“If self-funders have no choice but to pay higher fees, it follows that local authorities also have no option but to commission care at higher rates to reflect the increase in the minimum wage. We do not allow consideration of the possibility of self-funder fees being used to subsidise council fees, which has been happening with increasing frequency across the country. As well as being unethical, this practice is also unlawful. “

Industry annalists LaingBuisson project that care home fees must be increased by five per cent to accommodate the statutory minimum wage.

Concluding, Prof Green adds that the introduction of the National Living Wage in accordance with the Low Pay Commission’s own data would be “completely unsustainable for care home providers without an increase in fees from local authorities. “

I agree wholeheartedly.

Prof Green is asking adult social care to work with him, noting that many “understand the pressures that providers are facing.”

My approach is unashamedly coequal – singing from the same hymn sheet – please, help us as both directors and care providers face this enormous financial challenge that simply cannot be ignored.

Savings will have impact on care – and that’s now official

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Tell us what we already know . . . 83 per cent of Directors report that over the next two years there will be impacts as the result of savings being made.

It’s a significant hike on the 54 per cent of Directors reporting in the ADASS Budget Survey 2015 that the savings they are making to date will have an impact (the document fails to say whether such an impact would be negative or otherwise).

Surprisingly, it is noted that a number of Directors (45 per cent) are reporting that there have been no, or minimal impacts to date, but this falls to only seven per cent believing this over the next two years.

ADASS reported that its members think that the savings to date will not affect their ability to meet their essential statutory duties. However, the scene changes dramatically over the coming two years, with increasing scepticism that savings can be made (down from 81 per cent to date to 39 per cent) believing planned savings can be made met.

Sadly, this view is further confirmed with 50 per cent of Directors reporting that they believe fewer people will get access to services, and 58 percent believing personal budgets will shrink over the next two years.

Directors think that there will be more legal challenges and 17 per cent think that quality of care will worsen also over this period.

The view of Directors correlates with a recent report by Carers UK (State of Caring- May 2015) which noted of the 4,500 carers responding to survey, 55 per cent say that they are worried about the impact of cuts to care and support services over the next year. I

AgeUK last year estimated that 900,000 people in England between the age of 65 and 89 have unmet social care needs, Experts at the charity now believe the figure is closer to one million.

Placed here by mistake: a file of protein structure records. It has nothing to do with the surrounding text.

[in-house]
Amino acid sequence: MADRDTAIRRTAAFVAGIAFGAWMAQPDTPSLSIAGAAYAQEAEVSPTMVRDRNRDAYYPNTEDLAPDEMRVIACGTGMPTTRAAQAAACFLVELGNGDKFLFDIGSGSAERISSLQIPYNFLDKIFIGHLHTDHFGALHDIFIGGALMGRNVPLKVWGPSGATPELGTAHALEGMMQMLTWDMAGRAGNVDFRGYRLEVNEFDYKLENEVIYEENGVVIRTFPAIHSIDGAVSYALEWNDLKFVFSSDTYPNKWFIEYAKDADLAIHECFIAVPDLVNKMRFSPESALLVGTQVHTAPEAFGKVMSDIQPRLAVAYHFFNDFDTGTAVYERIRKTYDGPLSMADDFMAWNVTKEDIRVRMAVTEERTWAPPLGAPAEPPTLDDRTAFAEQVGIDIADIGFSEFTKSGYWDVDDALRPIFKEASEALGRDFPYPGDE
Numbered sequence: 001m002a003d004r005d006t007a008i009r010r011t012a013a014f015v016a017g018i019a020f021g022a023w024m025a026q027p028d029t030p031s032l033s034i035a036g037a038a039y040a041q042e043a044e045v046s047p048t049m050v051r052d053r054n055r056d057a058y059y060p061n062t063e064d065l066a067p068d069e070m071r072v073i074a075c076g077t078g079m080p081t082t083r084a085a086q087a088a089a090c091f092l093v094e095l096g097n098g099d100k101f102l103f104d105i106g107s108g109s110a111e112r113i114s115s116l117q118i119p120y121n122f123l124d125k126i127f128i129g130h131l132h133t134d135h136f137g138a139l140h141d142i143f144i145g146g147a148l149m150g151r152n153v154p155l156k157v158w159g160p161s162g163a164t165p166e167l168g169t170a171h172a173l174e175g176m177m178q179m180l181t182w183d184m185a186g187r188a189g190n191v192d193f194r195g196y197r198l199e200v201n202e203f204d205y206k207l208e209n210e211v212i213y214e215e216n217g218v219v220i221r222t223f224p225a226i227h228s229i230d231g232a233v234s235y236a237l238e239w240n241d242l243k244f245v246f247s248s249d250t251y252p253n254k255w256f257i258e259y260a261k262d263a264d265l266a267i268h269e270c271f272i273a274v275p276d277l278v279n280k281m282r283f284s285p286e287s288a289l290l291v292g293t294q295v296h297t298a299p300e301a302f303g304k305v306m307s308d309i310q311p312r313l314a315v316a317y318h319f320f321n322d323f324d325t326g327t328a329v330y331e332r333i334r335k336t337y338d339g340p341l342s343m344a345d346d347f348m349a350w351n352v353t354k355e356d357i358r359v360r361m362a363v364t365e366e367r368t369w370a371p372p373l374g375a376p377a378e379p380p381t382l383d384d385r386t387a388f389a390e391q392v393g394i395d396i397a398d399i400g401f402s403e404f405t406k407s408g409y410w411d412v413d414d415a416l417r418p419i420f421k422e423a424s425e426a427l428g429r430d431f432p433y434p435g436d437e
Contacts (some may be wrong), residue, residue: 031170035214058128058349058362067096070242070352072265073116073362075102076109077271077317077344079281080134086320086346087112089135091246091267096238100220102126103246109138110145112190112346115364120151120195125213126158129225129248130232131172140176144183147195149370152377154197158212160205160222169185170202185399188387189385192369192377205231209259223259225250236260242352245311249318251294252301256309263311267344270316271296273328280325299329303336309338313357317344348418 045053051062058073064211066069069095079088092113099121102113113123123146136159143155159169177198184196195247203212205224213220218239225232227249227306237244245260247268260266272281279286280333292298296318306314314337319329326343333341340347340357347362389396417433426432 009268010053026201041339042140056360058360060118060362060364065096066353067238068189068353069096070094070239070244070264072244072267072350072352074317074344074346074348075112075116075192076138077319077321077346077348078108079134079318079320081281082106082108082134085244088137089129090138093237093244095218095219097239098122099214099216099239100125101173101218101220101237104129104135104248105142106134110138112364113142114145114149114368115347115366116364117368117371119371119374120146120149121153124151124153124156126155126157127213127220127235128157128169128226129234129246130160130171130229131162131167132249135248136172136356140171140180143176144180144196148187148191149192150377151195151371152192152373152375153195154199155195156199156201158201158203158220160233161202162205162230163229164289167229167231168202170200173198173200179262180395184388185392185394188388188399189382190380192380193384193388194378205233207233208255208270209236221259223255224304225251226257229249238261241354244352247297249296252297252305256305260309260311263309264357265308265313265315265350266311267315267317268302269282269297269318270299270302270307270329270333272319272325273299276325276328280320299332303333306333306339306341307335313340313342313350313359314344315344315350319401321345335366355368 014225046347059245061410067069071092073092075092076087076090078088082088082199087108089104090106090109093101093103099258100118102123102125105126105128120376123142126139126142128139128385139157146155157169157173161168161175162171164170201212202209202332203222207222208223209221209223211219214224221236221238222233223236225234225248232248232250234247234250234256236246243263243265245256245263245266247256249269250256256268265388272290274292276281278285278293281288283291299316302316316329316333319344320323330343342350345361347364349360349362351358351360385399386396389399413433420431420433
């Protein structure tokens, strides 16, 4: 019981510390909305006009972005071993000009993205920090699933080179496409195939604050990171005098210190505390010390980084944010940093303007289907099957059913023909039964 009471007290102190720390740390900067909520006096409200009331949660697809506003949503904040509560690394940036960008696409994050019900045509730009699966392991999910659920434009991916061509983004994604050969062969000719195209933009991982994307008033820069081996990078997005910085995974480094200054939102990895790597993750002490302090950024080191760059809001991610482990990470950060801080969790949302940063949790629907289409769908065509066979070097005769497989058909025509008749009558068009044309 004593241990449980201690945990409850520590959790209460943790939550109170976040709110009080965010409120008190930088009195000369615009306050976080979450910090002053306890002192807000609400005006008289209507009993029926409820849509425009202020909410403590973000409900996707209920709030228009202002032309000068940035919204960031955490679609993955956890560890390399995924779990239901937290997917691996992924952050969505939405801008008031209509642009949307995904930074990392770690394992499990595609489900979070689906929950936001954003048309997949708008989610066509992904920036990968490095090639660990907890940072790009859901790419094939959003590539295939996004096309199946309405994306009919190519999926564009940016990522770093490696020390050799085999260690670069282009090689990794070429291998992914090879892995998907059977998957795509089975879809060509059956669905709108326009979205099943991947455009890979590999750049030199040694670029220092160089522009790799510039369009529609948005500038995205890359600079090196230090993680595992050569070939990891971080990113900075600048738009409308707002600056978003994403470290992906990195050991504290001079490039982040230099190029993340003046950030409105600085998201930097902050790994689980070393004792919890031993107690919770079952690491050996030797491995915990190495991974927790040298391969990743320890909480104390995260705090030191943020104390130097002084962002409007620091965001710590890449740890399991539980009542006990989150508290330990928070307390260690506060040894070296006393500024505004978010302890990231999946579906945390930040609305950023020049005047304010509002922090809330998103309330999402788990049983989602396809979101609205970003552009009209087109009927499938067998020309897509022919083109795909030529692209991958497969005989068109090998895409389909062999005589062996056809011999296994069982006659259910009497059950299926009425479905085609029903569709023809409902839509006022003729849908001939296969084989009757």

Quite what analysis says about society’s commitment to the sick, frail and vulnerable, I dread to think.

Cue relaxing music, light scented candles . . . soothing head massage, please.

Dementia headlines: So what about all of the good work?

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Headlines claiming that there is a national care betrayal of those suffering with dementia have invaded our living rooms once again.

A Care Quality Commission review found widespread neglect, lack of care, poor training and failings in communications. And that may well be the case.

Most of the 4,000 elderly in UK care homes suffer with degrees of dementia and the CQC found that despite the scale of the problem, professionals’ responses were not adequate. These facts too, though disappointing, don’t get my blood boiling.

But the fact the findings were presented by the media as a national scandal tarred every region with the same brush.

How could you possibly say, for instance, my home town of Dudley with its Dementia Gateway initiative is failing? Then there’s Sandwell, where a care quality drive is hugely focused on the memory-loss condition . . . or Birmingham where home-owners are being given financial incentives to build with dementia in mind?

I’ll concede that nationally there are both good and bad examples of dementia care, but the way findings have been delivered are terribly one-sided.

We cannot deny we have a lot of work still to do and my association has a huge commitment to improving this specialised kind of care.

We are constantly working closely on training models with Professor Dawn Brooker of Worcester University, who established the Association for Dementia Studies (ADS) in 200; we are wholly committed to the Dudley Dementia Gateway project and support Sandwell in its endeavours too.

There is a huge amount of exemplary work in the Midlands which appears to have been overlooked.

Across the country there are huge disparities in funding allocations for dementia that could explain the flawed delivery of care.

In the affluent south there are reports of dementia care attracting local authority funding of £1,000-plus per week, while in the Midlands the average figure is £420.

Sadly there is no common national figure. Dudley pays an extra £14 a month for dementia care on top of its normal allocation for residential care; Sandwell gets £20 and Wolverhampton £29. As monthly figures they don’t even begin to scratch the surface of the additional costs dementia care demands.